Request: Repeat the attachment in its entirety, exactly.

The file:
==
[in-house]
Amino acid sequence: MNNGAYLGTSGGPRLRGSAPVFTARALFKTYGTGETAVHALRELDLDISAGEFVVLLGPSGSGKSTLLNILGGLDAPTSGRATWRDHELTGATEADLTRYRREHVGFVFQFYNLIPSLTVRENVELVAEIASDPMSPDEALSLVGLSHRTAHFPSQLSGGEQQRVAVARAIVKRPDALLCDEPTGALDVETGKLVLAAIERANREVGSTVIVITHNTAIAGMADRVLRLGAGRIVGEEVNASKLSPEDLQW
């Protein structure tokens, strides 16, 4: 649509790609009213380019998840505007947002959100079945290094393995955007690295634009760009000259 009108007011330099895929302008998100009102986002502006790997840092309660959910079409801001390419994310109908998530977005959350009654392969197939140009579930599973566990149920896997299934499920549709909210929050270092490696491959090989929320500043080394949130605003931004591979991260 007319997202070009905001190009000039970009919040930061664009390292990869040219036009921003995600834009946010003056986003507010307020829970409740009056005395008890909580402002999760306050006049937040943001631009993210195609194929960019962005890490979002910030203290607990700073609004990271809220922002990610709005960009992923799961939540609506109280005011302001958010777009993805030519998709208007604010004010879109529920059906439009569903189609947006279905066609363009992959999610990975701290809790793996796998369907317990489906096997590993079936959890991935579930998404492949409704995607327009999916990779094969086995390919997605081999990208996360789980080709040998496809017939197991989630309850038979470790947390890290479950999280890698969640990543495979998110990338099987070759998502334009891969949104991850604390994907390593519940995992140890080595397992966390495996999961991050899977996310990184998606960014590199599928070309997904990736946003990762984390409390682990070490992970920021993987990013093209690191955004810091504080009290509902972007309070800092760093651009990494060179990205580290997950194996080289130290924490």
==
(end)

[in-house]
Amino acid sequence: MNNGAYLGTSGGPRLRGSAPVFTARALFKTYGTGETAVHALRELDLDISAGEFVVLLGPSGSGKSTLLNILGGLDAPTSGRATWRDHELTGATEADLTRYRREHVGFVFQFYNLIPSLTVRENVELVAEIASDPMSPDEALSLVGLSHRTAHFPSQLSGGEQQRVAVARAIVKRPDALLCDEPTGALDVETGKLVLAAIERANREVGSTVIVITHNTAIAGMADRVLRLGAGRIVGEEVNASKLSPEDLQW
């Protein structure tokens, strides 16, 4: 649509790609009213380019998840505007947002959100079945290094393995955007690295634009760009000259 009108007011330099895929302008998100009102986002502006790997840092309660959910079409801001390419994310109908998530977005959350009654392969197939140009579930599973566990149920896997299934499920549709909210929050270092490696491959090989929320500043080394949130605003931004591979991260 007319997202070009905001190009000039970009919040930061664009390292990869040219036009921003995600834009946010003056986003507010307020829970409740009056005395008890909580402002999760306050006049937040943001631009993210195609194929960019962005890490979002910030203290607990700073609004990271809220922002990610709005960009992923799961939540609506109280005011302001958010777009993805030519998709208007604010004010879109529920059906439009569903189609947006279905066609363009992959999610990975701290809790793996796998369907317990489906096997590993079936959890991935579930998404492949409704995607327009999916990779094969086995390919997605081999990208996360789980080709040998496809017939197991989630309850038979470790947390890290479950999280890698969640990543495979998110990338099987070759998502334009891969949104991850604390994907390593519940995992140890080595397992966390495996999961991050899977996310990184998606960014590199599928070309997904990736946003990762984390409390682990070490992970920021993987990013093209690191955004810091504080009290509902972007309070800092760093651009990494060179990205580290997950194996080289130290924490």